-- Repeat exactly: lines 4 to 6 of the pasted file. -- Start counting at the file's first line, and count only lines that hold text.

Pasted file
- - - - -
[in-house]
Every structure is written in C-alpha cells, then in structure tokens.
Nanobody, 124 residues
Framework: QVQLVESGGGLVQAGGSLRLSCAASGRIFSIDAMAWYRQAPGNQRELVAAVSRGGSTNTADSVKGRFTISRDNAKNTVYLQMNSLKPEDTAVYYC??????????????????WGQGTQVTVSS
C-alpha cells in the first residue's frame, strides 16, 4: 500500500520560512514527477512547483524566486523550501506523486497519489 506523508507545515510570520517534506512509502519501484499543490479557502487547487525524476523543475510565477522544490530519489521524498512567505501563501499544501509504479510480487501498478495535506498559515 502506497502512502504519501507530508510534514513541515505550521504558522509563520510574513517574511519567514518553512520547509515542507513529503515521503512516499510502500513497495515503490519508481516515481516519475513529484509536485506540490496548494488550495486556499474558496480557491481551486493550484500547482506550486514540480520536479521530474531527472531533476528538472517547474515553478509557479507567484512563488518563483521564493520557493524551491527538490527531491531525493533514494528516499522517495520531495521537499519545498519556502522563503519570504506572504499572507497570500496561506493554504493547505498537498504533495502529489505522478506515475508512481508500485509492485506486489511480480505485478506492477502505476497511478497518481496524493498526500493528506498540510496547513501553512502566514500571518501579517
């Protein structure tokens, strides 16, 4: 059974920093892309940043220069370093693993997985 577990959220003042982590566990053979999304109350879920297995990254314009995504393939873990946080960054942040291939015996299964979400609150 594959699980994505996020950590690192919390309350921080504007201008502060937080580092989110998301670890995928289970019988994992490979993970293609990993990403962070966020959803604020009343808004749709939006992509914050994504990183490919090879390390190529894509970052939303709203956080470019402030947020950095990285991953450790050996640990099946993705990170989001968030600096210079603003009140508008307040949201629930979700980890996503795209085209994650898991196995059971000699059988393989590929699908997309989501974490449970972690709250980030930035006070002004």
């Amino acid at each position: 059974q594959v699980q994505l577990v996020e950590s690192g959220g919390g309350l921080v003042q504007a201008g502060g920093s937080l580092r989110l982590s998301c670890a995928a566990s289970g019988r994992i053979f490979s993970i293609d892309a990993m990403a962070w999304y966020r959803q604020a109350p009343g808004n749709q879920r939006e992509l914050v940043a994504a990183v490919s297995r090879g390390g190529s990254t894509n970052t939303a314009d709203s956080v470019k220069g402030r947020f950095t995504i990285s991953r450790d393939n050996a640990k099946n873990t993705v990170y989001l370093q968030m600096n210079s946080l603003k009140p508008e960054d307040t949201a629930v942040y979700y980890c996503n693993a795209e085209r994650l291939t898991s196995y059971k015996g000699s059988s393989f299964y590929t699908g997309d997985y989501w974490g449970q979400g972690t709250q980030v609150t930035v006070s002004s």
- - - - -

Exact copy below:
Framework: QVQLVESGGGLVQAGGSLRLSCAASGRIFSIDAMAWYRQAPGNQRELVAAVSRGGSTNTADSVKGRFTISRDNAKNTVYLQMNSLKPEDTAVYYC??????????????????WGQGTQVTVSS
C-alpha cells in the first residue's frame, strides 16, 4: 500500500520560512514527477512547483524566486523550501506523486497519489 506523508507545515510570520517534506512509502519501484499543490479557502487547487525524476523543475510565477522544490530519489521524498512567505501563501499544501509504479510480487501498478495535506498559515 502506497502512502504519501507530508510534514513541515505550521504558522509563520510574513517574511519567514518553512520547509515542507513529503515521503512516499510502500513497495515503490519508481516515481516519475513529484509536485506540490496548494488550495486556499474558496480557491481551486493550484500547482506550486514540480520536479521530474531527472531533476528538472517547474515553478509557479507567484512563488518563483521564493520557493524551491527538490527531491531525493533514494528516499522517495520531495521537499519545498519556502522563503519570504506572504499572507497570500496561506493554504493547505498537498504533495502529489505522478506515475508512481508500485509492485506486489511480480505485478506492477502505476497511478497518481496524493498526500493528506498540510496547513501553512502566514500571518501579517
């Protein structure tokens, strides 16, 4: 059974920093892309940043220069370093693993997985 577990959220003042982590566990053979999304109350879920297995990254314009995504393939873990946080960054942040291939015996299964979400609150 594959699980994505996020950590690192919390309350921080504007201008502060937080580092989110998301670890995928289970019988994992490979993970293609990993990403962070966020959803604020009343808004749709939006992509914050994504990183490919090879390390190529894509970052939303709203956080470019402030947020950095990285991953450790050996640990099946993705990170989001968030600096210079603003009140508008307040949201629930979700980890996503795209085209994650898991196995059971000699059988393989590929699908997309989501974490449970972690709250980030930035006070002004």